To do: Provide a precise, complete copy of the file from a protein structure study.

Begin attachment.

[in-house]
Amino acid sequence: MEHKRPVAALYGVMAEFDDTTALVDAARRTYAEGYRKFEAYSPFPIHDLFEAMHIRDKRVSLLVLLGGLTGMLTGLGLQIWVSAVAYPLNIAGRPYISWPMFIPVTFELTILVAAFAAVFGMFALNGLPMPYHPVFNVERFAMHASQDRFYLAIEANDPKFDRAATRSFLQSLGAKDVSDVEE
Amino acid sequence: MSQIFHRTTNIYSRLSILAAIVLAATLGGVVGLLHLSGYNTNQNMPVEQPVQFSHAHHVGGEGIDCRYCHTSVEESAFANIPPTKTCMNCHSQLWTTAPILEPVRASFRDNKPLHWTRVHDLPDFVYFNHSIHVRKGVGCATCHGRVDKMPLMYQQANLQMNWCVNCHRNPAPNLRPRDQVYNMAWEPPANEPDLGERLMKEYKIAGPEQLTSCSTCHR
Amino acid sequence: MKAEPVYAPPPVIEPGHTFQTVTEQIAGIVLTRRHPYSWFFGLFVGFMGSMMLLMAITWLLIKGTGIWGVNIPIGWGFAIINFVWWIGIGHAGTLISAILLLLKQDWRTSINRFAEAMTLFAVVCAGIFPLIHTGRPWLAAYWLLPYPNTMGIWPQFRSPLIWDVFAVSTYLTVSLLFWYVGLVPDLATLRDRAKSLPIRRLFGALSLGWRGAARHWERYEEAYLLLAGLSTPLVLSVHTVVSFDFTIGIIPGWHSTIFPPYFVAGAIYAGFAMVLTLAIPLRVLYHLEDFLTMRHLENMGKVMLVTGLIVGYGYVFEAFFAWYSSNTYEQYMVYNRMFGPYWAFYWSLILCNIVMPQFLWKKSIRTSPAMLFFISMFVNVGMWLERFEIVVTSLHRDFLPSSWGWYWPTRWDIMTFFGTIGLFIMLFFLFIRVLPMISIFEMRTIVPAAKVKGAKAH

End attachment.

[in-house]
Amino acid sequence: MEHKRPVAALYGVMAEFDDTTALVDAARRTYAEGYRKFEAYSPFPIHDLFEAMHIRDKRVSLLVLLGGLTGMLTGLGLQIWVSAVAYPLNIAGRPYISWPMFIPVTFELTILVAAFAAVFGMFALNGLPMPYHPVFNVERFAMHASQDRFYLAIEANDPKFDRAATRSFLQSLGAKDVSDVEE
Amino acid sequence: MSQIFHRTTNIYSRLSILAAIVLAATLGGVVGLLHLSGYNTNQNMPVEQPVQFSHAHHVGGEGIDCRYCHTSVEESAFANIPPTKTCMNCHSQLWTTAPILEPVRASFRDNKPLHWTRVHDLPDFVYFNHSIHVRKGVGCATCHGRVDKMPLMYQQANLQMNWCVNCHRNPAPNLRPRDQVYNMAWEPPANEPDLGERLMKEYKIAGPEQLTSCSTCHR
Amino acid sequence: MKAEPVYAPPPVIEPGHTFQTVTEQIAGIVLTRRHPYSWFFGLFVGFMGSMMLLMAITWLLIKGTGIWGVNIPIGWGFAIINFVWWIGIGHAGTLISAILLLLKQDWRTSINRFAEAMTLFAVVCAGIFPLIHTGRPWLAAYWLLPYPNTMGIWPQFRSPLIWDVFAVSTYLTVSLLFWYVGLVPDLATLRDRAKSLPIRRLFGALSLGWRGAARHWERYEEAYLLLAGLSTPLVLSVHTVVSFDFTIGIIPGWHSTIFPPYFVAGAIYAGFAMVLTLAIPLRVLYHLEDFLTMRHLENMGKVMLVTGLIVGYGYVFEAFFAWYSSNTYEQYMVYNRMFGPYWAFYWSLILCNIVMPQFLWKKSIRTSPAMLFFISMFVNVGMWLERFEIVVTSLHRDFLPSSWGWYWPTRWDIMTFFGTIGLFIMLFFLFIRVLPMISIFEMRTIVPAAKVKGAKAH